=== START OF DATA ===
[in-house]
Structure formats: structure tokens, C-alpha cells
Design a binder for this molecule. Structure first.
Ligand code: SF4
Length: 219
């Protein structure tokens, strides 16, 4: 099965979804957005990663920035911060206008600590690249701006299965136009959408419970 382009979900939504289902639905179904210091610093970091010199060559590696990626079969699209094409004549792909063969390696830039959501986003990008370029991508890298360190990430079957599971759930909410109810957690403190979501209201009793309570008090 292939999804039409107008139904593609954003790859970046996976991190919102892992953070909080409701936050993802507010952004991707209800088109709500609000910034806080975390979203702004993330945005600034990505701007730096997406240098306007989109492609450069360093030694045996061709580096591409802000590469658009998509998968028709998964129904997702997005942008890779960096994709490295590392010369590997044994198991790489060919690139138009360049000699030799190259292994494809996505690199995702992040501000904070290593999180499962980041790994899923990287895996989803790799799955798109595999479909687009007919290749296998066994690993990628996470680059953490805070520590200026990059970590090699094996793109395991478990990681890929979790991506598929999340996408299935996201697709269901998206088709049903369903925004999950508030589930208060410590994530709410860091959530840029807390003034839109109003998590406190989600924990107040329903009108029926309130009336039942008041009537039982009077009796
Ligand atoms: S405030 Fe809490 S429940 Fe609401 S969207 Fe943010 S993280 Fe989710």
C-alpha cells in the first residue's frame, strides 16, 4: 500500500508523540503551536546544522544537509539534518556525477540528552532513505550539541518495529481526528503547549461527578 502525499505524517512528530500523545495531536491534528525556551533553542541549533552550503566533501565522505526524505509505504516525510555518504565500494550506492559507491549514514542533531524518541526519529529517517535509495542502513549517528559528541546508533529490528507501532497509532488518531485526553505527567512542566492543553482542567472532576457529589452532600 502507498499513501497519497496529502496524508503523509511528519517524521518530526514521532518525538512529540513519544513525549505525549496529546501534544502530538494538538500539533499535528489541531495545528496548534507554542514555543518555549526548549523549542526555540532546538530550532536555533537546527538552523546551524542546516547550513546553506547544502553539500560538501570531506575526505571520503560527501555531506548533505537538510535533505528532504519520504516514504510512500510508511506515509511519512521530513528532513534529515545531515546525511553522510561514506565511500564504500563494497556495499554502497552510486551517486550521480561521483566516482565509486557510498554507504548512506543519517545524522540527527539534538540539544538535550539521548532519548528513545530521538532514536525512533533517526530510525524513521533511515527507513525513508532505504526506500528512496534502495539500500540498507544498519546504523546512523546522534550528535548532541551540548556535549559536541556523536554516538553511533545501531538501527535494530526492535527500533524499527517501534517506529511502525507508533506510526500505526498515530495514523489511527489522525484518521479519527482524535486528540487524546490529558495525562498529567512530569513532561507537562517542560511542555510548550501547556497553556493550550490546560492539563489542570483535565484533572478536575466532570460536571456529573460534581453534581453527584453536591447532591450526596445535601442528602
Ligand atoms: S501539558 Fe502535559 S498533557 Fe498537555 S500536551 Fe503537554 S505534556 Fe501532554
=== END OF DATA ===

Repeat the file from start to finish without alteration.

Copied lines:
[in-house]
Structure formats: structure tokens, C-alpha cells
Design a binder for this molecule. Structure first.
Ligand code: SF4
Length: 219
């Protein structure tokens, strides 16, 4: 099965979804957005990663920035911060206008600590690249701006299965136009959408419970 382009979900939504289902639905179904210091610093970091010199060559590696990626079969699209094409004549792909063969390696830039959501986003990008370029991508890298360190990430079957599971759930909410109810957690403190979501209201009793309570008090 292939999804039409107008139904593609954003790859970046996976991190919102892992953070909080409701936050993802507010952004991707209800088109709500609000910034806080975390979203702004993330945005600034990505701007730096997406240098306007989109492609450069360093030694045996061709580096591409802000590469658009998509998968028709998964129904997702997005942008890779960096994709490295590392010369590997044994198991790489060919690139138009360049000699030799190259292994494809996505690199995702992040501000904070290593999180499962980041790994899923990287895996989803790799799955798109595999479909687009007919290749296998066994690993990628996470680059953490805070520590200026990059970590090699094996793109395991478990990681890929979790991506598929999340996408299935996201697709269901998206088709049903369903925004999950508030589930208060410590994530709410860091959530840029807390003034839109109003998590406190989600924990107040329903009108029926309130009336039942008041009537039982009077009796
Ligand atoms: S405030 Fe809490 S429940 Fe609401 S969207 Fe943010 S993280 Fe989710």
C-alpha cells in the first residue's frame, strides 16, 4: 500500500508523540503551536546544522544537509539534518556525477540528552532513505550539541518495529481526528503547549461527578 502525499505524517512528530500523545495531536491534528525556551533553542541549533552550503566533501565522505526524505509505504516525510555518504565500494550506492559507491549514514542533531524518541526519529529517517535509495542502513549517528559528541546508533529490528507501532497509532488518531485526553505527567512542566492543553482542567472532576457529589452532600 502507498499513501497519497496529502496524508503523509511528519517524521518530526514521532518525538512529540513519544513525549505525549496529546501534544502530538494538538500539533499535528489541531495545528496548534507554542514555543518555549526548549523549542526555540532546538530550532536555533537546527538552523546551524542546516547550513546553506547544502553539500560538501570531506575526505571520503560527501555531506548533505537538510535533505528532504519520504516514504510512500510508511506515509511519512521530513528532513534529515545531515546525511553522510561514506565511500564504500563494497556495499554502497552510486551517486550521480561521483566516482565509486557510498554507504548512506543519517545524522540527527539534538540539544538535550539521548532519548528513545530521538532514536525512533533517526530510525524513521533511515527507513525513508532505504526506500528512496534502495539500500540498507544498519546504523546512523546522534550528535548532541551540548556535549559536541556523536554516538553511533545501531538501527535494530526492535527500533524499527517501534517506529511502525507508533506510526500505526498515530495514523489511527489522525484518521479519527482524535486528540487524546490529558495525562498529567512530569513532561507537562517542560511542555510548550501547556497553556493550550490546560492539563489542570483535565484533572478536575466532570460536571456529573460534581453534581453527584453536591447532591450526596445535601442528602
Ligand atoms: S501539558 Fe502535559 S498533557 Fe498537555 S500536551 Fe503537554 S505534556 Fe501532554